We model an ocean basin in Cartesian coordinates:

\begin{eqnarray}

(1)\qquad& x &= R \cos(\phi_0 )(\lambda – \lambda_0)\\

(2)\qquad& y &= R (\phi – \phi_0)\\

(3)\qquad& z &= r-R

\end{eqnarray}

where $(\phi , \lambda , r )$ are the coordinates of a point with latitude $\phi$, longitude $\lambda$ and distance $r$ from the center of the earth, and $R$ is the radius of the earth. $\phi_0$ and $\lambda_0$ are the latitude and longitude of a reference point in the mid-latitudes. We account for the rotation of the earth by the Coriolis parameter $f=2\Omega \sin\phi$, where the angular speed of rotation of the earth is $\Omega = 2\pi /86400s$. We approximate the Coriolis parameter as a linear function of latitude $f = f_0 + \beta y$. This is the only effect we will consider of the fact that the earth is round.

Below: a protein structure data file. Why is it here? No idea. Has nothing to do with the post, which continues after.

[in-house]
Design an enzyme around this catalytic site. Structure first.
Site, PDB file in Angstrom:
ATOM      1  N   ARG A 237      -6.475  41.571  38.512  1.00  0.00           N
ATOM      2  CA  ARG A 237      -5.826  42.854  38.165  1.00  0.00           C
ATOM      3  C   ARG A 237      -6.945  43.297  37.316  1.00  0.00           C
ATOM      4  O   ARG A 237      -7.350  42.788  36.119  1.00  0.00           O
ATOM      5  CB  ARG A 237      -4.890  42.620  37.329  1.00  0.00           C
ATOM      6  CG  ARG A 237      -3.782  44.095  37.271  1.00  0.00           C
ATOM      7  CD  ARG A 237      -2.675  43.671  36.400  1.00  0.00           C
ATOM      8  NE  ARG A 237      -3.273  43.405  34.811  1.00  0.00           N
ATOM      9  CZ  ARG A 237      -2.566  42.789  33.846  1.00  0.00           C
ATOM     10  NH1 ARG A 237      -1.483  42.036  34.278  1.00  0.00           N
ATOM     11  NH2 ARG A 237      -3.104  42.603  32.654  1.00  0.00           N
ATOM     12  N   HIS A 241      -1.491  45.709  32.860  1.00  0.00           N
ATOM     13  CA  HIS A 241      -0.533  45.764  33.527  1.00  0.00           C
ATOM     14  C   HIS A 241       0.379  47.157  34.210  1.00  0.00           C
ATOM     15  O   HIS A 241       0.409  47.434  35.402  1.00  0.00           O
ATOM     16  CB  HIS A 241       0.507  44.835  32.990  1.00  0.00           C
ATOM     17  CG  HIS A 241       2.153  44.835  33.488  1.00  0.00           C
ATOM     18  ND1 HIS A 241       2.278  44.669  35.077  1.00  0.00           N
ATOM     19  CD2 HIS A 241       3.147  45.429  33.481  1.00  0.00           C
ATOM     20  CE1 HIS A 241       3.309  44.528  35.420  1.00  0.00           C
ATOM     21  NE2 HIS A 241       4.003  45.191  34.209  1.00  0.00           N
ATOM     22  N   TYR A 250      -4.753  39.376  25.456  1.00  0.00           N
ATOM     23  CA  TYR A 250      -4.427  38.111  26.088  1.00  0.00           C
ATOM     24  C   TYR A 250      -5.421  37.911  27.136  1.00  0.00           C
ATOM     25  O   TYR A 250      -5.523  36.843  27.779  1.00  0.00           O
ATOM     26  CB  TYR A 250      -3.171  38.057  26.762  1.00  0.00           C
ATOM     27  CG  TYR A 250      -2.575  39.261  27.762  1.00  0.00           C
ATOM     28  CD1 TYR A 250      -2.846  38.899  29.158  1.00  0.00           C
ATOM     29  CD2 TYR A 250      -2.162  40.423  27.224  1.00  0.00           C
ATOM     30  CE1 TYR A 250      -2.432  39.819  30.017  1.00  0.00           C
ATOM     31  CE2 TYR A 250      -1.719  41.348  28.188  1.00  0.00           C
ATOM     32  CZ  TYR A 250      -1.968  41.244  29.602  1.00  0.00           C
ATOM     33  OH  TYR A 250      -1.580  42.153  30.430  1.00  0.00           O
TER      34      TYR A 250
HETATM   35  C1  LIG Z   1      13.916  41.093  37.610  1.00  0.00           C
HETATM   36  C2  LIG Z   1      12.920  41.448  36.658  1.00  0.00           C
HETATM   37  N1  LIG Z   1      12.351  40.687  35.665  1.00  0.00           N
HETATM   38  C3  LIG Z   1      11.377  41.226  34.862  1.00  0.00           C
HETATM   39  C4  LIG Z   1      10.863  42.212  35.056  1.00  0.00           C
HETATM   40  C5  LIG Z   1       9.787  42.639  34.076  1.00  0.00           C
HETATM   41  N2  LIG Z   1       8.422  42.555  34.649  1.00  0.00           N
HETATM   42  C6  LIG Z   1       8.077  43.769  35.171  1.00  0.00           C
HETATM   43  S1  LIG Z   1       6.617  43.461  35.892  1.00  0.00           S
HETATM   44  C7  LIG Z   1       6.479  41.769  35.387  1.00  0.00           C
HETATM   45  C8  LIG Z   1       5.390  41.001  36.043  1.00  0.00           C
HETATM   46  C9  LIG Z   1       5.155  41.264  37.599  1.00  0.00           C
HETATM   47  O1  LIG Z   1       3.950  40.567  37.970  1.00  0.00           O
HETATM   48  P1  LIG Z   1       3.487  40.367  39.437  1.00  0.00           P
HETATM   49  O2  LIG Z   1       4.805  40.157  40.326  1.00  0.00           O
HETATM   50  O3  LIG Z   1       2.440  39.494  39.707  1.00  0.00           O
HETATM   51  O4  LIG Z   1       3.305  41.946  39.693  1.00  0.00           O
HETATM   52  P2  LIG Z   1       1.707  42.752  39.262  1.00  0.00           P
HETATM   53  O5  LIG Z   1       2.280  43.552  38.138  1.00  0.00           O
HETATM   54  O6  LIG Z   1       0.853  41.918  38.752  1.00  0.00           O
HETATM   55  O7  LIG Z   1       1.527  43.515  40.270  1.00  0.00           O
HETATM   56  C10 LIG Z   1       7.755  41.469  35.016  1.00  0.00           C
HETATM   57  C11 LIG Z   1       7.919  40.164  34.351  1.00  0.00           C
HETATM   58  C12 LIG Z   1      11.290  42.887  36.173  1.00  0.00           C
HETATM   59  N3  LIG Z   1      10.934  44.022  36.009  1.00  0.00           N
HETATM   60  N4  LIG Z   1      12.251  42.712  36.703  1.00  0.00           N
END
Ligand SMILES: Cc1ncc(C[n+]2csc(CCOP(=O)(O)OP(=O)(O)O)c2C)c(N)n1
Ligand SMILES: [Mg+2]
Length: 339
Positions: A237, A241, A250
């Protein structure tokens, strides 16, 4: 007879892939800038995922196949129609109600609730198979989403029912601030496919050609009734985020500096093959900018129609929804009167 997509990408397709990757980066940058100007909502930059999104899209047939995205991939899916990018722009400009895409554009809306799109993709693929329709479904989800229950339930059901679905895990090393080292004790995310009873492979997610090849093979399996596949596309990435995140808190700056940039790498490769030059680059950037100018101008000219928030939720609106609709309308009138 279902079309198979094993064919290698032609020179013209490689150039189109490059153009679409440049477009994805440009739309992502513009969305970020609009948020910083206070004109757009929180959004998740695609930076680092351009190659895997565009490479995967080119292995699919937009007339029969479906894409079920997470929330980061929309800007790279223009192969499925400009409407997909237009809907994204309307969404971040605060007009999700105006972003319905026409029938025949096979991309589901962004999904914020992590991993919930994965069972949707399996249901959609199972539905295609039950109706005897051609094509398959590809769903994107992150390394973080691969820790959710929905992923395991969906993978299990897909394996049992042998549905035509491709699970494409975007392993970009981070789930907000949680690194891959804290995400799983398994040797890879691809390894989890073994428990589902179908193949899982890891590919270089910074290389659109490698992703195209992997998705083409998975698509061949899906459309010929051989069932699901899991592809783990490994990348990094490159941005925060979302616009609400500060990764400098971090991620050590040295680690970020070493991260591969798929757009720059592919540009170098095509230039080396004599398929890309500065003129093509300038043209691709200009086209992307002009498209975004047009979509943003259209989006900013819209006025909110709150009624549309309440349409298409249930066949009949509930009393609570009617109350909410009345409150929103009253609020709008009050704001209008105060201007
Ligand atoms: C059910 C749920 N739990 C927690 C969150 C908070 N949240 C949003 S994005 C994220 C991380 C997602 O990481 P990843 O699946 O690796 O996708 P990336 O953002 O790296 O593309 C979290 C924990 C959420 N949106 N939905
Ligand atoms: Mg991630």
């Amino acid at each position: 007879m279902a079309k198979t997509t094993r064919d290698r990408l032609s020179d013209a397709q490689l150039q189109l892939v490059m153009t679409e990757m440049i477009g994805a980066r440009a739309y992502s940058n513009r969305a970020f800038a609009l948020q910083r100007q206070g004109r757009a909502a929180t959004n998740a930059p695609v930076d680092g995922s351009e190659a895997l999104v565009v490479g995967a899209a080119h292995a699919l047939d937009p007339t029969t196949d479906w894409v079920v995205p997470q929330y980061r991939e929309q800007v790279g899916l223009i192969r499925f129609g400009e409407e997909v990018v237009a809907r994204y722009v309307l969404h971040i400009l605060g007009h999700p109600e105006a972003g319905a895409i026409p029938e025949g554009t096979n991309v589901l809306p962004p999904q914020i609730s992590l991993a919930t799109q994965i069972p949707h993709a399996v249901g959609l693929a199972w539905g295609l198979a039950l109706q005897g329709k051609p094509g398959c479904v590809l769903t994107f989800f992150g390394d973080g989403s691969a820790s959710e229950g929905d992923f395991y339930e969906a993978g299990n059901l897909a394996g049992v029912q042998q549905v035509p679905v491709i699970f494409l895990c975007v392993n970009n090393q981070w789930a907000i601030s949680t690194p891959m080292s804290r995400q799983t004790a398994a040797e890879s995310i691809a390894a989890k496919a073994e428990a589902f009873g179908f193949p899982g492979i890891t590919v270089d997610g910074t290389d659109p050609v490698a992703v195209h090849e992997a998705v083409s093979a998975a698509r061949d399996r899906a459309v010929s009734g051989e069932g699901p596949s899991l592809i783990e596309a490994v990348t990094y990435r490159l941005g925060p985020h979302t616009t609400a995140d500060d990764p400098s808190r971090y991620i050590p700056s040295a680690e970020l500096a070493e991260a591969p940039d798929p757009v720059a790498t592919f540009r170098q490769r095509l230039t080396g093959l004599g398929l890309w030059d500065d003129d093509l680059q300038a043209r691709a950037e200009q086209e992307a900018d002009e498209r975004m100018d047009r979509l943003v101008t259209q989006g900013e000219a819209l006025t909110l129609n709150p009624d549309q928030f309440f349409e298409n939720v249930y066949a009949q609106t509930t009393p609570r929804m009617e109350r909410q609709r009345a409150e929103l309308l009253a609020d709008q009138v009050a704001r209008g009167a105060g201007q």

2. The Reduced Gravity Model

We model the density-stratified ocean as being composed of two immiscible fluids of slightly different densities in a stable configuration, i.e., the more dense fluid lying below the less dense one. In such a configuration, there is a family of waves that is much slower than the waves on the surface of a homogeneous fluid of the same depth would be. You’ve probably seen the effect in the clear plastic boxes containing different colored fluids, usually one clear and the other blue, that are sold as toys in stationery stores, or on the internet, e.g., **here**. When you tip the box you see waves propagate slowly along the interface. We simplify the two layer model further by assuming that the deeper layer is motionless, so the thickness of the upper layer adjusts in such a way as to make the pressure gradient vanish in the lower layer. The equations of motion for the upper layer are formally identical to the shallow water equations, but with the